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Central banks and Trump’s proposed tax policies

28 April 2017

Should we be worried about the burgeoning balance sheets of developed market central banks as the prospect of tapering comes into view?

Since the financial crisis, central banks have cut interest rates and bought bonds to boost economies around the world. This has boosted asset prices and, after a lagged effect, this appears to be passing through to the broader economy. At times the prospect of higher rates and a reduction in bond buying has concerned the financial markets, evidenced in 2013 with the so-called ‘taper tantrum’, when the prospect of less support from the Federal Reserve temporarily spooked markets. Since that time we have seen two rate rises in the US and more have been priced into the market for 2017. The US Federal Reserve has skilfully prepared markets for these rate rises and as a result equity markets have subsequently made new highs.

Providing other central banks manage their balance sheet and interest rate adjustments with the same care we should not be excessively concerned. The key to doing this is a gradual approach in response to stronger economic conditions, combined with preparing the market in advance. If the economic data is strong and the markets expect the balance sheet adjustments they can pass off with little impact on risk asset prices. The danger comes if we see another economic slowdown before any adjustments have been made; this would expose the lack of flexibility left in the central bank’s armoury. With signs of improving growth in many global economies we do not see this as an imminent threat for now.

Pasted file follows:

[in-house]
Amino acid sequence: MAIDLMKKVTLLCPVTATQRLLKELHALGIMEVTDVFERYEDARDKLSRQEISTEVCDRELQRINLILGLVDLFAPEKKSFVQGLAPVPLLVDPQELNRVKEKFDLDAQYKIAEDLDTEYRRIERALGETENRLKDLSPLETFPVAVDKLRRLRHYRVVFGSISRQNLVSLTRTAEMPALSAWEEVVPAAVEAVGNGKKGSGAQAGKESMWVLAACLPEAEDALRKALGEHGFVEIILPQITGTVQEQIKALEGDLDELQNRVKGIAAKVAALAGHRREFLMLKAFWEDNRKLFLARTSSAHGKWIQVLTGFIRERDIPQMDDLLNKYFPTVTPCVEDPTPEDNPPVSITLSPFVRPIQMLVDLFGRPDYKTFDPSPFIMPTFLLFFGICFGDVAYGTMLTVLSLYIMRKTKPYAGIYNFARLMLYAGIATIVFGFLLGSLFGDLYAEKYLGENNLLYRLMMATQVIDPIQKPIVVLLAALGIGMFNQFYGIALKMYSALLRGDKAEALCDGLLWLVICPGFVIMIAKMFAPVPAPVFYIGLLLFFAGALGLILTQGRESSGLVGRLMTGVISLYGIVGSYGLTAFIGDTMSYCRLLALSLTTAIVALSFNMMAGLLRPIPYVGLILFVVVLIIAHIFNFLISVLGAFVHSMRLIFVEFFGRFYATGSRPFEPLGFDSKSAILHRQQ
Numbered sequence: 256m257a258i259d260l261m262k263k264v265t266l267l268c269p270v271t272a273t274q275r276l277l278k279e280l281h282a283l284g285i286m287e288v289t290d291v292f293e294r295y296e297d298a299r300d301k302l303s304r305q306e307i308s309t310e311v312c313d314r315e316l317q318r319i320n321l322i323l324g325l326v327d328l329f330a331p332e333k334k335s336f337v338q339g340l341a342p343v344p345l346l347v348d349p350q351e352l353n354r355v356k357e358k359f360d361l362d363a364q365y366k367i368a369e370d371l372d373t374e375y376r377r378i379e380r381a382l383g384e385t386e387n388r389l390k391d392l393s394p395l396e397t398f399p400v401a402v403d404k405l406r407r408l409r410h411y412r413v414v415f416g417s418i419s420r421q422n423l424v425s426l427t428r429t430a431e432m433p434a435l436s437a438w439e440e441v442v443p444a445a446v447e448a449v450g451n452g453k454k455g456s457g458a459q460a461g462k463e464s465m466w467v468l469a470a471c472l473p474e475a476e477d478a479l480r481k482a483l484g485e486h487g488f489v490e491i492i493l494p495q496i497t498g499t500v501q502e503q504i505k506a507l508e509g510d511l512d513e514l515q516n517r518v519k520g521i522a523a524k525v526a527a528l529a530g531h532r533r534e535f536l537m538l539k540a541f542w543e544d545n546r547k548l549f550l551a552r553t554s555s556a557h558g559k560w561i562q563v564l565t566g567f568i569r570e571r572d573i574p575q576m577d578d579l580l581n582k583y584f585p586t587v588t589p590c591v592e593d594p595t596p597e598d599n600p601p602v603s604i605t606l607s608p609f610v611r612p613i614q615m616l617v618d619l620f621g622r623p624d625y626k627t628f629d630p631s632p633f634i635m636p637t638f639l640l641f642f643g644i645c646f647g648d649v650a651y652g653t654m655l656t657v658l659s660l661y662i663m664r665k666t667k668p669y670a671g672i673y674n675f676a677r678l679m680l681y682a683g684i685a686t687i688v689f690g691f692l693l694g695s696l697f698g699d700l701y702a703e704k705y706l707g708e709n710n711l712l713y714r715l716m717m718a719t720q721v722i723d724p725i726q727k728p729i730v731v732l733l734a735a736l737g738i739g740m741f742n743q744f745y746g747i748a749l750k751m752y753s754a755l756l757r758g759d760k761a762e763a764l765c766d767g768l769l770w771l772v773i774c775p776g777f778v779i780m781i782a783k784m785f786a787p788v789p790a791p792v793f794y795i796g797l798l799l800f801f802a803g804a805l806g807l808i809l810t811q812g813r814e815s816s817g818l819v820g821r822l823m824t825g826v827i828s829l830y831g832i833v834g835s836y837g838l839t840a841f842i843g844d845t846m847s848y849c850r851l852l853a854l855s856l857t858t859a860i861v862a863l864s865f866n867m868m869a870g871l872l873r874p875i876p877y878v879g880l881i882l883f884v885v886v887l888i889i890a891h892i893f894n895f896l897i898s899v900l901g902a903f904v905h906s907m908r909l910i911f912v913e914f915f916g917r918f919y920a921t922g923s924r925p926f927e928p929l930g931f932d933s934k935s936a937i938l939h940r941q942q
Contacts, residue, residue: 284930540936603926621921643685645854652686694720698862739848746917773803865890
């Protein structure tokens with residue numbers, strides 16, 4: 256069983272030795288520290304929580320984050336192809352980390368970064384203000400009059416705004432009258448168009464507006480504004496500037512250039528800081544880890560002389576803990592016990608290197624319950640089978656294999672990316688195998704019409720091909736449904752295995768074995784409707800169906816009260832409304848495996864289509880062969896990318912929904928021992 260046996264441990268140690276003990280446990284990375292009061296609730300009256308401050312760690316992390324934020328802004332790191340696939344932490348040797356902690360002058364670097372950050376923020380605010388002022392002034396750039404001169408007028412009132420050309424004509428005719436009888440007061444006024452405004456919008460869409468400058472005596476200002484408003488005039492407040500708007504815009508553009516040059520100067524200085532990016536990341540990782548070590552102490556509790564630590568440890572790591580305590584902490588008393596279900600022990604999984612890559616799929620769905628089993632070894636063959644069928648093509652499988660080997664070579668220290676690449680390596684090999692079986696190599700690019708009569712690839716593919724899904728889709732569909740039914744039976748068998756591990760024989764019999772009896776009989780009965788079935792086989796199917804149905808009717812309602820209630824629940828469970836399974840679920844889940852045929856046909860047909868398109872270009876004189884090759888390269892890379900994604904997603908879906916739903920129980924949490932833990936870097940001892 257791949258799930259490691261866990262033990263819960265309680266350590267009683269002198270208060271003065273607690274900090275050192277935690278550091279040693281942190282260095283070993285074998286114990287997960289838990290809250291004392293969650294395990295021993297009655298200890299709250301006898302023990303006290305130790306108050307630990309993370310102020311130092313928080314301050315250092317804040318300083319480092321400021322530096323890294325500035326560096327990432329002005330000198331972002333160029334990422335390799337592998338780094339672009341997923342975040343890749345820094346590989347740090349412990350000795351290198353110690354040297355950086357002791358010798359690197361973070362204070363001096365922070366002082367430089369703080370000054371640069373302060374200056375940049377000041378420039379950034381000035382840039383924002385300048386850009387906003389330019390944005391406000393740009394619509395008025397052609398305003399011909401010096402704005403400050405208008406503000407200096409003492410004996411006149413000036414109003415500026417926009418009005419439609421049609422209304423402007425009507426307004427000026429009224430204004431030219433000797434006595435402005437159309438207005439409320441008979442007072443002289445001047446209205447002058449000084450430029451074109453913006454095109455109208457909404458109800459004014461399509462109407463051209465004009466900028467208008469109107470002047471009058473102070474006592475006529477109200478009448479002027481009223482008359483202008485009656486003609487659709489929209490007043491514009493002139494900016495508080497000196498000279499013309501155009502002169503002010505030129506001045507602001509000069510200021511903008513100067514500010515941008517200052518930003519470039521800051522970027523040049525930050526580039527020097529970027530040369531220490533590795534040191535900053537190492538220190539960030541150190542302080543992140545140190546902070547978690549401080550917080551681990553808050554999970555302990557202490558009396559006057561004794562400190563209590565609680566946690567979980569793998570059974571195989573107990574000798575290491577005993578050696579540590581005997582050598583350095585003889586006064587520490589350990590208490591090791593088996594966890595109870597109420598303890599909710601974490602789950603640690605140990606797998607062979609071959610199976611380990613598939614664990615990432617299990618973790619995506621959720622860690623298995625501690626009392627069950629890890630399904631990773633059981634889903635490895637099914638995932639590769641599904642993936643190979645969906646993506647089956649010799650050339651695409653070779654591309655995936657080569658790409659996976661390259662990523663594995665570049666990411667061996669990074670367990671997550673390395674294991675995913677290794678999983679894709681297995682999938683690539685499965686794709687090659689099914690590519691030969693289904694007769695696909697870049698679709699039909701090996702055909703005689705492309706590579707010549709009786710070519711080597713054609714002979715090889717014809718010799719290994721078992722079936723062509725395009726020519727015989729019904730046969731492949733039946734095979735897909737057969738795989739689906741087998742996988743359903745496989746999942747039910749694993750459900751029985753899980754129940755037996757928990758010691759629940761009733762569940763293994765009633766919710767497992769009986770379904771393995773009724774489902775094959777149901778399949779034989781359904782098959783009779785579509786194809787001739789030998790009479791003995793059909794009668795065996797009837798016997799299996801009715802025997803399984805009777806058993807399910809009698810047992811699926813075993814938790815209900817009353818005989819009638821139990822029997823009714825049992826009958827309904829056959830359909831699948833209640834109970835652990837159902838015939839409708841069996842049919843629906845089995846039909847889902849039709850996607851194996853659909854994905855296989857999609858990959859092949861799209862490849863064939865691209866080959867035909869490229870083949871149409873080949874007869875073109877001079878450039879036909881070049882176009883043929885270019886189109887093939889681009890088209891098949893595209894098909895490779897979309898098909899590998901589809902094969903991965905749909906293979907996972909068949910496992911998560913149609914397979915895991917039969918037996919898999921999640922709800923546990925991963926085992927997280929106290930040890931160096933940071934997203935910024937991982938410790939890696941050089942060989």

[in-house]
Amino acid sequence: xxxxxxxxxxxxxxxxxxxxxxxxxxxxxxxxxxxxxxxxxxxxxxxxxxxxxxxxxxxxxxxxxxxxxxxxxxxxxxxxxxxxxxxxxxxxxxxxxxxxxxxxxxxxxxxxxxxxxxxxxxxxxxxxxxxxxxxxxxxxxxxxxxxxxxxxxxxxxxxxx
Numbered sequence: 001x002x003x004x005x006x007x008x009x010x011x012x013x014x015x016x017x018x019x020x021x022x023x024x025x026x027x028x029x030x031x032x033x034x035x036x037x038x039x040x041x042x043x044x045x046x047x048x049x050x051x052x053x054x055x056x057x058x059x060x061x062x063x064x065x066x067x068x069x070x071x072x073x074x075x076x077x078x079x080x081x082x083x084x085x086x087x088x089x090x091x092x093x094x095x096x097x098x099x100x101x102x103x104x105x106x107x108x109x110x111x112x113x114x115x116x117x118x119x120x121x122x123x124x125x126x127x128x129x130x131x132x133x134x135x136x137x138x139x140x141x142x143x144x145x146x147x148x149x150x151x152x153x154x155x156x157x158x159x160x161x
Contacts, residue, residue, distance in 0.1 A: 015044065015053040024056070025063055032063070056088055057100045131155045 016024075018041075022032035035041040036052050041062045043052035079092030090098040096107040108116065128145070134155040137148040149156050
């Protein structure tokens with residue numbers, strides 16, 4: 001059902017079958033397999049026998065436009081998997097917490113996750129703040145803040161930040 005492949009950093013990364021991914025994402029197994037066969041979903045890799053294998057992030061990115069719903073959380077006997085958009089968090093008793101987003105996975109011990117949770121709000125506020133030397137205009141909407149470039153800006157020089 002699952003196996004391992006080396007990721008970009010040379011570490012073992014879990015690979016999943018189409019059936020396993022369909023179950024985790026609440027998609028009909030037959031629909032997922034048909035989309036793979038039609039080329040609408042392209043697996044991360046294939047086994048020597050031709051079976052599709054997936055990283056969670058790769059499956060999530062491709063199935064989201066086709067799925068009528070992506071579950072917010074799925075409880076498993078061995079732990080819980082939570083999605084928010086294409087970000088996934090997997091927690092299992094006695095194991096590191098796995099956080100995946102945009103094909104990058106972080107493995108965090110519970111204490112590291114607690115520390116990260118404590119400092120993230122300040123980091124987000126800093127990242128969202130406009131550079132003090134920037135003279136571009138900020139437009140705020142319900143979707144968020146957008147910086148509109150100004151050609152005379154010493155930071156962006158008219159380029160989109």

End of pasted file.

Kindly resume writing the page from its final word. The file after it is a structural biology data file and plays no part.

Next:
What impact do you see from Trump’s proposed tax policies?

The long awaited tax policies proposed by President Trump this week are notable for the lack of detail, amounting to less than 250 words. For the most part, the proposal reflects Trump’s campaign rhetoric on the topic. It puts forward a reduction in the number of tax brackets from 7 to 3 and a cut in the top rate from 39.6% to 35%, though no detail is offered on what income levels these brackets will correspond to. Perhaps most significantly, the plan proposes a 15% corporate tax rate, a substantial drop from the current rate of 35%. Other components include a one-time repatriation tax, as was expected, and the repeal of a code which allows individuals to deduct state and local taxes from reported income.

The key concern surrounding the proposal is the cost. The document offered no insight into how the tax cuts would affect the large federal deficit. A rough analysis released by the Committee for a Responsible Federal Budget estimates Trump’s plan as costing $3 - 7 trillion. Treasury Secretary Mnuchin, has claimed that the tax plan would be self-financing from the rapid economic growth it would stimulate. Many commentators have disagreed.

The market was underwhelmed by the announcement. This appears to be an opening proposal as a negotiation position and as such, a smaller set of reforms is to be expected. As we have become accustomed to, there appears a disparity between what Trump says he will do and what he is able to do. It is doubtful that a significant increase in the US debt ceiling will be agreed upon and hence unlikely that these tax reforms will pass without substantial changes.


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